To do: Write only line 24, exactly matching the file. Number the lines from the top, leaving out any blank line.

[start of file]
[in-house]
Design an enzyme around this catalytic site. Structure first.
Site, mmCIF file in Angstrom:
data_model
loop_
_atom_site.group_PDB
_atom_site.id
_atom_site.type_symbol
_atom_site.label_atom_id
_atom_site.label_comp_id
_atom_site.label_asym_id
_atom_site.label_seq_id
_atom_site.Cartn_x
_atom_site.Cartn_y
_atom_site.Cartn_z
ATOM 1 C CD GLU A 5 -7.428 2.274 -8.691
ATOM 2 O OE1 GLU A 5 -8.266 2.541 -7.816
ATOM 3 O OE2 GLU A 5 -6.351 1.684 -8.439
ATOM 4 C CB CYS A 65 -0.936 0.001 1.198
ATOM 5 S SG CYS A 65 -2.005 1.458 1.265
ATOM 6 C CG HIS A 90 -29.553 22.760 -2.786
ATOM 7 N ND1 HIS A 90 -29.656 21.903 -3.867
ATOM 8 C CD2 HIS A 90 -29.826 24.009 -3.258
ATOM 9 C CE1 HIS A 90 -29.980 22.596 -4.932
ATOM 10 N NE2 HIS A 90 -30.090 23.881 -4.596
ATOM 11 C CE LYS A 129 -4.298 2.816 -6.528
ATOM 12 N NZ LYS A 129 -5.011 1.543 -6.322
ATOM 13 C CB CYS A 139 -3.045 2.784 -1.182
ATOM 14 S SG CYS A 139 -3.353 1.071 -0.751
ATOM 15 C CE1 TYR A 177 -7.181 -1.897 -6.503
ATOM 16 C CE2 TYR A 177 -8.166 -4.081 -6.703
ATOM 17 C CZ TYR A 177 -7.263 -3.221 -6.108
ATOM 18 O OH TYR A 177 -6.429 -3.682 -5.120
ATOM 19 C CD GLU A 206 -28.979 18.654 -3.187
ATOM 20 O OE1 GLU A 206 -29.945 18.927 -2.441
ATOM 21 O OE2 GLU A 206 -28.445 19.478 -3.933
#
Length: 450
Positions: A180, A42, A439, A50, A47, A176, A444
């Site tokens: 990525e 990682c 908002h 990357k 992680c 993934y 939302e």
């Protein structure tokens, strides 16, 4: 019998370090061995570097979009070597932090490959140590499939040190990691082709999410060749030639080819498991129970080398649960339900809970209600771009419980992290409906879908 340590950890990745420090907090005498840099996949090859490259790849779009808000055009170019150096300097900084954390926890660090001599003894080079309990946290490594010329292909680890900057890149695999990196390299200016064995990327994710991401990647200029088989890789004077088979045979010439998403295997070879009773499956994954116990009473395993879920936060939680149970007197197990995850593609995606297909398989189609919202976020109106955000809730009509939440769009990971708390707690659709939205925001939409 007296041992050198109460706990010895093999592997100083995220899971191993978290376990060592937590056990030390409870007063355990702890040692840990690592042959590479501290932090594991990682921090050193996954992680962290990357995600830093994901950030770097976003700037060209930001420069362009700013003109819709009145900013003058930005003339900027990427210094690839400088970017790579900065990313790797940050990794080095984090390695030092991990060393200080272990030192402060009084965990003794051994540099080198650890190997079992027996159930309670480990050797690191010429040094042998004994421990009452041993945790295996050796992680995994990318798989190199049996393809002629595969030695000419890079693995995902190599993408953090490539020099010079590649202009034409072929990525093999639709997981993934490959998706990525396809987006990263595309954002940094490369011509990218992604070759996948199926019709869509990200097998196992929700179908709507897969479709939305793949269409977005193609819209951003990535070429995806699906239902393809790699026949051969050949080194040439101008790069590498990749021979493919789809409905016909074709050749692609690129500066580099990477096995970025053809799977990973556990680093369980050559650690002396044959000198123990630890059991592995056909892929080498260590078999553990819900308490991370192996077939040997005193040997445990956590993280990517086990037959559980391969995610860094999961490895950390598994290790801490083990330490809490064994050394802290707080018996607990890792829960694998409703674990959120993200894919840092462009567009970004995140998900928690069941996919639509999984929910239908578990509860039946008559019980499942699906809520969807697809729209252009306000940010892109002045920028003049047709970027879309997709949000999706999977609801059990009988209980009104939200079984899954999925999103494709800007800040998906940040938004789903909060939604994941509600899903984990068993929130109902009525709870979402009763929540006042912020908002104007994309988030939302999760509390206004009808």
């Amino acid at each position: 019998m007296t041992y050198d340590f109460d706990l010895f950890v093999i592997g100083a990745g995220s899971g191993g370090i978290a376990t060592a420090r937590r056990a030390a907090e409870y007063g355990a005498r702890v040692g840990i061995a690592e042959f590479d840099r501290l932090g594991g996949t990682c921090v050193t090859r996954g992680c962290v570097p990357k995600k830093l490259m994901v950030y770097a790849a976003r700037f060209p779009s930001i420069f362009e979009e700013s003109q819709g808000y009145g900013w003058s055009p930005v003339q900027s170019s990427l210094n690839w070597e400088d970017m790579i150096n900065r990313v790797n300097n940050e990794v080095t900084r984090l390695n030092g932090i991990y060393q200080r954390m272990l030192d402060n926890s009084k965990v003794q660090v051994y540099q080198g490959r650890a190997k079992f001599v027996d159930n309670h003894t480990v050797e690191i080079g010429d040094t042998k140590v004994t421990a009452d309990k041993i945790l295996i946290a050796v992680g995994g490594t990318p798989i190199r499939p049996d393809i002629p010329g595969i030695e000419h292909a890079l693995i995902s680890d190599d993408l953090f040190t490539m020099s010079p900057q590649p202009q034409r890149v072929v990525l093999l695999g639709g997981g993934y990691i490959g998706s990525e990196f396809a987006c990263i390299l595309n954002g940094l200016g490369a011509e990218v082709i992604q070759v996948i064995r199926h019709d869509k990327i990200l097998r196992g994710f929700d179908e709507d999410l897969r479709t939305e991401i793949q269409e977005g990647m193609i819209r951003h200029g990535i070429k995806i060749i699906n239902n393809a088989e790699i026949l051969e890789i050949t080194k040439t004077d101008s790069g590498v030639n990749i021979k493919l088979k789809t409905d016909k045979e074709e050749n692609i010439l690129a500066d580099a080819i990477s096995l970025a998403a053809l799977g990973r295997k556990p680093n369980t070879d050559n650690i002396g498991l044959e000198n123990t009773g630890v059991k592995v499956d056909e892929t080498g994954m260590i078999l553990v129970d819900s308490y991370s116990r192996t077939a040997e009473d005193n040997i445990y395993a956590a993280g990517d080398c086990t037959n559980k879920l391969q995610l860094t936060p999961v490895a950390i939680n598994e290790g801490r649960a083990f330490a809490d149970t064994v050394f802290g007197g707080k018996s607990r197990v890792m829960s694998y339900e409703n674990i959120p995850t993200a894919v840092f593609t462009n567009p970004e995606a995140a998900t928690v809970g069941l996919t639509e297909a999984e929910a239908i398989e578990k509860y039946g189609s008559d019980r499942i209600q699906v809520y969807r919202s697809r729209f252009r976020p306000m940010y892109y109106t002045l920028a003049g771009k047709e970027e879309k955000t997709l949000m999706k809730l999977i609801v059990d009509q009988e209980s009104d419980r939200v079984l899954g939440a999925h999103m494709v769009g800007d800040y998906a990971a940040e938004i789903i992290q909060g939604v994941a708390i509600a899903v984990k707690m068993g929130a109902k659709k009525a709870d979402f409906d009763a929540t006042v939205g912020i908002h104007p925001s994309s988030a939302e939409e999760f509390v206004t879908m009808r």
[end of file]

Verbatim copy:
ATOM 9 C CE1 HIS A 90 -29.980 22.596 -4.932